## 20.3 New geoms

While many things can be achieved by creating new stats, there are situations where creating a new geom is necessary. Some of these are

• It is not meaningful to return data from the stat in a form that is understandable by any current geoms.
• The layer need to combine the output of multiple geoms.
• The geom needs to return grobs not currently available from existing geoms.

Creating new geoms can feel slightly more daunting than creating new stats as the end result is a collection of grobs rather than a modified data.frame and this is something outside of the comfort zone of many developers. Still, Apart from the last point above, it is possible to get by without having to think too much about grid and grobs.

The main functionality of geoms is, like for stats, a tiered succession of calls: draw_layer(), draw_panel(), and draw_group(), and it follows much the same logic as for stats. It is usually easier to implement a draw_group() method, but if the layer is expected to handle a large amount of distinct groups you should consider if it is possible to use draw_panel() instead as grid performance will take a hit when dealing with many separate grobs (e.g. 10,000 pointGrobs with a single point each vs. a single pointGrob with 10,000 points). In line with stats, geoms also have a setup_params()+setup_data() pair that function in much the same way. One note, though, is that setup_data() is called before any position adjustment is done as part of the build step.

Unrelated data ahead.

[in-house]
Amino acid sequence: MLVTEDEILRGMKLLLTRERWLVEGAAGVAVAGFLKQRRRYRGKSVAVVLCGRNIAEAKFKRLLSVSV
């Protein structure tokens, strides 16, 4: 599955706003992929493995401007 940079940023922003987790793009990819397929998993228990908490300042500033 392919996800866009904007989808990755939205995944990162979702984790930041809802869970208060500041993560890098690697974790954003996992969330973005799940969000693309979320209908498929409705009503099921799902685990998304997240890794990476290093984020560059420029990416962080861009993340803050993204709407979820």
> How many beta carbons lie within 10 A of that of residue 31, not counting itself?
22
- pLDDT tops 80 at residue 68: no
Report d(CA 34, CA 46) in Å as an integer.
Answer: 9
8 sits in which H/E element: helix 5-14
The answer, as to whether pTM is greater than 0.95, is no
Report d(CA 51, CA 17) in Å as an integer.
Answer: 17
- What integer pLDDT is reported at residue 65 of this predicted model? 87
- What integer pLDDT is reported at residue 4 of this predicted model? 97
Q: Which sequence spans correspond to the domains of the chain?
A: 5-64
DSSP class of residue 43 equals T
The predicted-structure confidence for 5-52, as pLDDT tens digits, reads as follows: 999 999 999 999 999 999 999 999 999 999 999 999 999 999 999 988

If you want a new geom that is a version of an existing geom, but with different input expectations, it can usually be handled by overwriting the setup_data() method of the existing geom. This approach can be seen with geom_spoke() which is a simple reparameterisation of geom_segment():

print(GeomSpoke$setup_data) #> <ggproto method> #> <Wrapper function> #> function (...) #> f(...) #> #> <Inner function (f)> #> function (data, params) #> { #> data$radius <- data$radius %||% params$radius
#>     data$angle <- data$angle %||% params$angle #> transform(data, xend = x + cos(angle) * radius, yend = y + #> sin(angle) * radius) #> } If you want to combine the functionality of multiple geoms it can usually be achieved by preparing the data for each of the geoms inside the draw_*() call and send it off to the different geoms, collecting the output in a gList (a list of grobs) if the call is draw_group() or a gTree (a grob containing multiple children grobs) if the call is draw_panel(). An example of this can be seen in geom_smooth() which combines geom_line() and geom_ribbon(): print(GeomSmooth$draw_group)
#> <ggproto method>
#>   <Wrapper function>
#>     function (...)
#> f(...)
#>
#>   <Inner function (f)>
#>     function (data, panel_params, coord, se = FALSE, flipped_aes = FALSE)
#> {
#>     ribbon <- transform(data, colour = NA)
#>     path <- transform(data, alpha = NA)
#>     ymin = flipped_names(flipped_aes)$ymin #> ymax = flipped_names(flipped_aes)$ymax
#>     has_ribbon <- se && !is.null(data[[ymax]]) && !is.null(data[[ymin]])
#>     gList(if (has_ribbon)
#>         GeomRibbon$draw_group(ribbon, panel_params, coord, flipped_aes = flipped_aes), #> GeomLine$draw_panel(path, panel_params, coord))
#> }

If you cannot leverage any existing geom implementation for creating the grobs, you’d have to implement the full draw_*() method from scratch. Later chapters will have examples of this.